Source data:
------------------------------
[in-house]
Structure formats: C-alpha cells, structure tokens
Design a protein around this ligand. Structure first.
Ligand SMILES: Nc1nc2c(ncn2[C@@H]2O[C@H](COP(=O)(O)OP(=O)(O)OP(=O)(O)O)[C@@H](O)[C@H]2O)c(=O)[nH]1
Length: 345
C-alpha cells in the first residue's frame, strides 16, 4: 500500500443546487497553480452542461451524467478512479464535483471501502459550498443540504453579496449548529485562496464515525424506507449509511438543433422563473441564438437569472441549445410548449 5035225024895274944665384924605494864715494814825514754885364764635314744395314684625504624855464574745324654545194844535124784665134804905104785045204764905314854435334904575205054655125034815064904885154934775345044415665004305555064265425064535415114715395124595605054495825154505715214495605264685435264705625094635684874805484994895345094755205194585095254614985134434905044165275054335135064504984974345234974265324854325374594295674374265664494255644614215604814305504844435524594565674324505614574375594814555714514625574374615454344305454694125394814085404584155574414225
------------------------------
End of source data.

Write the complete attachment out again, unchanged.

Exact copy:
[in-house]
Structure formats: C-alpha cells, structure tokens
Design a protein around this ligand. Structure first.
Ligand SMILES: Nc1nc2c(ncn2[C@@H]2O[C@H](COP(=O)(O)OP(=O)(O)OP(=O)(O)O)[C@@H](O)[C@H]2O)c(=O)[nH]1
Length: 345
C-alpha cells in the first residue's frame, strides 16, 4: 500500500443546487497553480452542461451524467478512479464535483471501502459550498443540504453579496449548529485562496464515525424506507449509511438543433422563473441564438437569472441549445410548449 5035225024895274944665384924605494864715494814825514754885364764635314744395314684625504624855464574745324654545194844535124784665134804905104785045204764905314854435334904575205054655125034815064904885154934775345044415665004305555064265425064535415114715395124595605054495825154505715214495605264685435264705625094635684874805484994895345094755205194585095254614985134434905044165275054335135064504984974345234974265324854325374594295674374265664494255644614215604814305504844435524594565674324505614574375594814555714514625574374615454344305454694125394814085404584155574414225